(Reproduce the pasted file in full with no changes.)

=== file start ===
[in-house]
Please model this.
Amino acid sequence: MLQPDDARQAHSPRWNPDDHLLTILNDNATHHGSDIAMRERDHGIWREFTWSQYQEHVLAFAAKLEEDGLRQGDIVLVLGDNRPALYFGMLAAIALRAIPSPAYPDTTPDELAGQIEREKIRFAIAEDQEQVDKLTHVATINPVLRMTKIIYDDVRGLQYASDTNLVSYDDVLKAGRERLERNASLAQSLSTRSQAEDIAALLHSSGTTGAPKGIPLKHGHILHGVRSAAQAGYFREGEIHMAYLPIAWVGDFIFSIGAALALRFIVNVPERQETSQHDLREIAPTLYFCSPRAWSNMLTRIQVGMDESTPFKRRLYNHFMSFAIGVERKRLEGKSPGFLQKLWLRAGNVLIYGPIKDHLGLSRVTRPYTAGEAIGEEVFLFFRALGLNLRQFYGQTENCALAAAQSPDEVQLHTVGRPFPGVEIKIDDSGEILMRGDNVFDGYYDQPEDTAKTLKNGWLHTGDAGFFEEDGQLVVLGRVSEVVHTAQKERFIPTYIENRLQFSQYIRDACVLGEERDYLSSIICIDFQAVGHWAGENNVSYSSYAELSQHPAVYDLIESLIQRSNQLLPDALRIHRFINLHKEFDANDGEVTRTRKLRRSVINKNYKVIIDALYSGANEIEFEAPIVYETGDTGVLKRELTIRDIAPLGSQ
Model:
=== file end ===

[in-house]
Please model this.
Amino acid sequence: MLQPDDARQAHSPRWNPDDHLLTILNDNATHHGSDIAMRERDHGIWREFTWSQYQEHVLAFAAKLEEDGLRQGDIVLVLGDNRPALYFGMLAAIALRAIPSPAYPDTTPDELAGQIEREKIRFAIAEDQEQVDKLTHVATINPVLRMTKIIYDDVRGLQYASDTNLVSYDDVLKAGRERLERNASLAQSLSTRSQAEDIAALLHSSGTTGAPKGIPLKHGHILHGVRSAAQAGYFREGEIHMAYLPIAWVGDFIFSIGAALALRFIVNVPERQETSQHDLREIAPTLYFCSPRAWSNMLTRIQVGMDESTPFKRRLYNHFMSFAIGVERKRLEGKSPGFLQKLWLRAGNVLIYGPIKDHLGLSRVTRPYTAGEAIGEEVFLFFRALGLNLRQFYGQTENCALAAAQSPDEVQLHTVGRPFPGVEIKIDDSGEILMRGDNVFDGYYDQPEDTAKTLKNGWLHTGDAGFFEEDGQLVVLGRVSEVVHTAQKERFIPTYIENRLQFSQYIRDACVLGEERDYLSSIICIDFQAVGHWAGENNVSYSSYAELSQHPAVYDLIESLIQRSNQLLPDALRIHRFINLHKEFDANDGEVTRTRKLRRSVINKNYKVIIDALYSGANEIEFEAPIVYETGDTGVLKRELTIRDIAPLGSQ
Model: